Sam Meekings is back in his home city of Chichester to talk about his new book – the story behind the iconic Van Gogh image, Portrait of Dr Gachet (1890).
For the Festival of Chichester, he will be in Waterstones Bookshop, The Dolphin And Anchor, Chichester on Wednesday, July 3, 6pm. Tickets £4 (£3 redeemable against purchase of the book).
“There are lots of books and movies and stories about Van Gogh, but I struggled to find any real hard and concrete information about the man in this particular painting. I just thought that he had such an interesting and enigmatic expression. It was one of the last paintings that Van Gogh made. Van Gogh said ‘I have to paint this man because he wears the melancholy expression of our life time.’
“Van Gogh is a pretty melancholic and depressive guy. I wondered what he saw in this man’s face that made him see him as the expression of his times. I did a bit of research and it turned out that Dr Gachet had a strange and unusual life. He studied to be a doctor and he ended up working in some of the first asylums in Paris, but he resigned quite controversially from his position because he was appalled at the barbaric way the patients were treated in the first asylums.
“And then suddenly at the end of the 1860s, start of the 1870s, there was the Franco-Prussian War and he seems to have suddenly thought he needed to do something and enlisted as an army medic. He became a doctor again and went to the front. He was also in Paris for the siege of Paris where the people were so starving that they ended up breaking into Paris zoo and killing all the animals. He was there for the Paris commune and when the government retook the city soon after he saw a lot of his friends being executed, but was forced to work for the government troops that had retaken the city. After that, he resigned from any kind of public life and went to live in a village outside Paris where he set up a refuge for artists. A lot of artists visited him, and that’s how Van Gogh got to hear about him.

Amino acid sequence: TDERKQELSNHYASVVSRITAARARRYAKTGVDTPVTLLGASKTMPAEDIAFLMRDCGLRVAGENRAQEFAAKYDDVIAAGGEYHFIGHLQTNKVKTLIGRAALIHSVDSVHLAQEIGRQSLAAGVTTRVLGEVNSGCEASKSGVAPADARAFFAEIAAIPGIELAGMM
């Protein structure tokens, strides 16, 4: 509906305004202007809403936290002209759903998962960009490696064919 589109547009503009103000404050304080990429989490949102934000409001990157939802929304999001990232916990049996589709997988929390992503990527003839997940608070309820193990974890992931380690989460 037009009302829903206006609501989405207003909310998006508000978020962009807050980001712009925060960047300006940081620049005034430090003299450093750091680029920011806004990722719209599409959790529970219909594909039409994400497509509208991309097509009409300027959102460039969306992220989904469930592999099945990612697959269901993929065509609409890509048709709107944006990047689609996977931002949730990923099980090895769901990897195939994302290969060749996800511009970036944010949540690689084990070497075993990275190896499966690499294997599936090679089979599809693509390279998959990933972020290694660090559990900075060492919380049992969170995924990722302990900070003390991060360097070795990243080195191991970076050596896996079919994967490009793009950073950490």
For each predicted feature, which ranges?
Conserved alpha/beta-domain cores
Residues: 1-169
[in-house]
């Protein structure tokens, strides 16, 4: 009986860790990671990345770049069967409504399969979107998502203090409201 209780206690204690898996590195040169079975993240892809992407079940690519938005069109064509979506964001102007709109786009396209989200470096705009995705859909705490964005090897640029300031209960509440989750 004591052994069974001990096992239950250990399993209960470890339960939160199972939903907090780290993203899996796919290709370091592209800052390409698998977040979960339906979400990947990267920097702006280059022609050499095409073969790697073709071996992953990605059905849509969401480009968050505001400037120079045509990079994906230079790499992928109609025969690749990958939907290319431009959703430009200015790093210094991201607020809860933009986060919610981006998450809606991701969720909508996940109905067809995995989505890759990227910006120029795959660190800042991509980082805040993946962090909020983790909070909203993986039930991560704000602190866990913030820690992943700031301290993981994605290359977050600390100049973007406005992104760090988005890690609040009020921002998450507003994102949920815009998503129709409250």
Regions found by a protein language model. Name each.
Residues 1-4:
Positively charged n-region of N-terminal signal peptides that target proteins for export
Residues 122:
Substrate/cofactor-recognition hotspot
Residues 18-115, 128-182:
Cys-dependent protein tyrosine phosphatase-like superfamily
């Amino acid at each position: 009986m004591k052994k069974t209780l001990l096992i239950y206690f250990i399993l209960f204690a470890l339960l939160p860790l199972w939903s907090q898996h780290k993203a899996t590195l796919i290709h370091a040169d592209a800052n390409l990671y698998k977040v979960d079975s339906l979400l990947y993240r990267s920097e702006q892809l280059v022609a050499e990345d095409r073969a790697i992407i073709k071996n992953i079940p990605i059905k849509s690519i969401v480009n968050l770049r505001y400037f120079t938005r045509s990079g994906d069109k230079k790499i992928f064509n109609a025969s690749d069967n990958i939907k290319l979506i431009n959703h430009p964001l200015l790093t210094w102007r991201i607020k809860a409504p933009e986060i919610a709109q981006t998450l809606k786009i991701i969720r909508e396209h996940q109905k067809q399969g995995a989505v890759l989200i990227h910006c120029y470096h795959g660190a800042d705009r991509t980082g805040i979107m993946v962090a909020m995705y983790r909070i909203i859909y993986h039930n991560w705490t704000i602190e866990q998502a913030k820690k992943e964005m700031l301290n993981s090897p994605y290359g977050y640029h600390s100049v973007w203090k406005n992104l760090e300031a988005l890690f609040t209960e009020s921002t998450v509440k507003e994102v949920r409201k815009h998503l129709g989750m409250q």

“The book is the story of his life but what was interesting for me was the story of the painting after his life. I have added his life and his afterlife.”
The painting was bought by a flamboyant Austrian aristocrat; it was confiscated by the Nazis as degenerate art; and it was smuggled to America. It was then sold in about 1990, becoming the most expensive painting ever sold. It was bought by a Japanese magnate who later had to declare himself bankrupt.
“And since then the painting has disappeared. Only a few people know where it is. It may have been privately sold. The best guess is that it could be somewhere like where I am, Qatar or maybe Dubai, bought by some very rich sheikh. The best guess is that it was sold and is being kept in a temperature-controlled crate as an investment.”
Which goes against everything Van Gogh hoped for: “Van Gogh said that the melancholic expression summed up the times. He wanted the painting to be seen.”